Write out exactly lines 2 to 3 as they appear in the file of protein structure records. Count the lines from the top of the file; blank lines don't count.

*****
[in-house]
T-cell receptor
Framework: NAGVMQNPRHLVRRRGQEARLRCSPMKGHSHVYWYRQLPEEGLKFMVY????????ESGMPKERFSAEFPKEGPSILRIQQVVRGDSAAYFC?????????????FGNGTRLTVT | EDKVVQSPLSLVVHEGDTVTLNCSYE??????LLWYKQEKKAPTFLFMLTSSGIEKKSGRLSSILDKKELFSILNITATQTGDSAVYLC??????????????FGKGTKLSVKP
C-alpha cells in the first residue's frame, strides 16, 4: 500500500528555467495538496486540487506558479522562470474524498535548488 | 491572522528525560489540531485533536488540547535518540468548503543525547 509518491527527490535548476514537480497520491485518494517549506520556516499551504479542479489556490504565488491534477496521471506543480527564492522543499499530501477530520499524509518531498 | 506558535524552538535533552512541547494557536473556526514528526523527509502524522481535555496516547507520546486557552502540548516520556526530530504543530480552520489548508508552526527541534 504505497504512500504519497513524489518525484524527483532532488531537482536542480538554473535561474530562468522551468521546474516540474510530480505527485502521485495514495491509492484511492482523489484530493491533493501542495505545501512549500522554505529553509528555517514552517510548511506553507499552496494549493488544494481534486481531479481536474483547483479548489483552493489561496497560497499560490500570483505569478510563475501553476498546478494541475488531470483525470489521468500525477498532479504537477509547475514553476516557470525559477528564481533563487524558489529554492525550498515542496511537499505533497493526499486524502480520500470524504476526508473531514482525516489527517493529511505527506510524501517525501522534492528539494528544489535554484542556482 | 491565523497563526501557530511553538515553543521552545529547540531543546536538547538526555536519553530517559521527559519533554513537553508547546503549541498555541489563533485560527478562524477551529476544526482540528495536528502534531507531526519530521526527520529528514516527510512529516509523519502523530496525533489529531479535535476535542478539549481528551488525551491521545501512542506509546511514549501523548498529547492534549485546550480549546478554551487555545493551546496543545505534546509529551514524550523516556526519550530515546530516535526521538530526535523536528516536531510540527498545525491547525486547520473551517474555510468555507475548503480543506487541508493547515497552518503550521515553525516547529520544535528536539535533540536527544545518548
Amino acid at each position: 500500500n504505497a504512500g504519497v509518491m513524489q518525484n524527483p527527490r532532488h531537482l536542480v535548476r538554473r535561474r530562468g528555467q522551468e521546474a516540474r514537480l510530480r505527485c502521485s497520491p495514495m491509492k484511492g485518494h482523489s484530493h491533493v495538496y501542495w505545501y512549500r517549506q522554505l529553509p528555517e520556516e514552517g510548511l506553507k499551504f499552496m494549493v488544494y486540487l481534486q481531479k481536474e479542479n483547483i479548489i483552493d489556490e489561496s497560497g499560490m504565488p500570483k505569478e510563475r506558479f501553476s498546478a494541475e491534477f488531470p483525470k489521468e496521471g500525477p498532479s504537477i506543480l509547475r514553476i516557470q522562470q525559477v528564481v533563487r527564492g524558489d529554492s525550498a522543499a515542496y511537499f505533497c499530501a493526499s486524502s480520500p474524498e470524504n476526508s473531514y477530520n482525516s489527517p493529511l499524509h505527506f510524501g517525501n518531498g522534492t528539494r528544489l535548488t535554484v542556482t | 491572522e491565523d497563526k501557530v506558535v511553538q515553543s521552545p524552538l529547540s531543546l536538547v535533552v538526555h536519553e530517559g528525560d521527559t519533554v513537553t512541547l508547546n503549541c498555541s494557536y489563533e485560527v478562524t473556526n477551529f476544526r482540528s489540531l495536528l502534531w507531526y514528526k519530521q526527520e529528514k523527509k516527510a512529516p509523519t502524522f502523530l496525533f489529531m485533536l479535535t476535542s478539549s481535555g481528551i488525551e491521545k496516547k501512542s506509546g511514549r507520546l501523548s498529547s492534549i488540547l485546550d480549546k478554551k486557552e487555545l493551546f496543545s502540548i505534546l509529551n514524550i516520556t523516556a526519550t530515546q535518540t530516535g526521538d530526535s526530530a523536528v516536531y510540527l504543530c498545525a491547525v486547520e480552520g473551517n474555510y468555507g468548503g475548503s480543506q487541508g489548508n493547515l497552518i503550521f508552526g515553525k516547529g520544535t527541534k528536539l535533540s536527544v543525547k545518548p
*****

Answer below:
T-cell receptor
Framework: NAGVMQNPRHLVRRRGQEARLRCSPMKGHSHVYWYRQLPEEGLKFMVY????????ESGMPKERFSAEFPKEGPSILRIQQVVRGDSAAYFC?????????????FGNGTRLTVT | EDKVVQSPLSLVVHEGDTVTLNCSYE??????LLWYKQEKKAPTFLFMLTSSGIEKKSGRLSSILDKKELFSILNITATQTGDSAVYLC??????????????FGKGTKLSVKP